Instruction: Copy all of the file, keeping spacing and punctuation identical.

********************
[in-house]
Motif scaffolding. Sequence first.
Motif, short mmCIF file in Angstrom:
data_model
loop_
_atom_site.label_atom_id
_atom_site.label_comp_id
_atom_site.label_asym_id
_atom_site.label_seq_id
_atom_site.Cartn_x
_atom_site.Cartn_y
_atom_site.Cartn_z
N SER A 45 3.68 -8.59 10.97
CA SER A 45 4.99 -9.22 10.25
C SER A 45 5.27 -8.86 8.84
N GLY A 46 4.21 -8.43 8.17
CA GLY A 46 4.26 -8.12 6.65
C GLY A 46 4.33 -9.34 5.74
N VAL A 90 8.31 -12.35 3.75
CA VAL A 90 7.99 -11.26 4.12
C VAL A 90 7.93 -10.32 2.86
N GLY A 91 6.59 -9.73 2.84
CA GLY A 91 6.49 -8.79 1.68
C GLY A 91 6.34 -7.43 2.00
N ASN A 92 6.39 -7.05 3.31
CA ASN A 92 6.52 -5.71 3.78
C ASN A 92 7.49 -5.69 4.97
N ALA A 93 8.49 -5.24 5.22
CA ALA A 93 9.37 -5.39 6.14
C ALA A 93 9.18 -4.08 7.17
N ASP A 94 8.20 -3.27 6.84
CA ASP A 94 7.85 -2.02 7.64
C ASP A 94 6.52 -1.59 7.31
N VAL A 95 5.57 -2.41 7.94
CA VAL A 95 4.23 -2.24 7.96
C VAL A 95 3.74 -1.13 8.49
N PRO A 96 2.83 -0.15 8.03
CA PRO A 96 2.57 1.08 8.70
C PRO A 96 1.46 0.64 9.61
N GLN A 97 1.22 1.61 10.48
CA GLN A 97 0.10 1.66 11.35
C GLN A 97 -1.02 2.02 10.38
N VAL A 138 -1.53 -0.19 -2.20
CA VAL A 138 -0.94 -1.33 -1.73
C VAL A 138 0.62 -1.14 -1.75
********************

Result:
[in-house]
Motif scaffolding. Sequence first.
Motif, short mmCIF file in Angstrom:
data_model
loop_
_atom_site.label_atom_id
_atom_site.label_comp_id
_atom_site.label_asym_id
_atom_site.label_seq_id
_atom_site.Cartn_x
_atom_site.Cartn_y
_atom_site.Cartn_z
N SER A 45 3.68 -8.59 10.97
CA SER A 45 4.99 -9.22 10.25
C SER A 45 5.27 -8.86 8.84
N GLY A 46 4.21 -8.43 8.17
CA GLY A 46 4.26 -8.12 6.65
C GLY A 46 4.33 -9.34 5.74
N VAL A 90 8.31 -12.35 3.75
CA VAL A 90 7.99 -11.26 4.12
C VAL A 90 7.93 -10.32 2.86
N GLY A 91 6.59 -9.73 2.84
CA GLY A 91 6.49 -8.79 1.68
C GLY A 91 6.34 -7.43 2.00
N ASN A 92 6.39 -7.05 3.31
CA ASN A 92 6.52 -5.71 3.78
C ASN A 92 7.49 -5.69 4.97
N ALA A 93 8.49 -5.24 5.22
CA ALA A 93 9.37 -5.39 6.14
C ALA A 93 9.18 -4.08 7.17
N ASP A 94 8.20 -3.27 6.84
CA ASP A 94 7.85 -2.02 7.64
C ASP A 94 6.52 -1.59 7.31
N VAL A 95 5.57 -2.41 7.94
CA VAL A 95 4.23 -2.24 7.96
C VAL A 95 3.74 -1.13 8.49
N PRO A 96 2.83 -0.15 8.03
CA PRO A 96 2.57 1.08 8.70
C PRO A 96 1.46 0.64 9.61
N GLN A 97 1.22 1.61 10.48
CA GLN A 97 0.10 1.66 11.35
C GLN A 97 -1.02 2.02 10.38
N VAL A 138 -1.53 -0.19 -2.20
CA VAL A 138 -0.94 -1.33 -1.73
C VAL A 138 0.62 -1.14 -1.75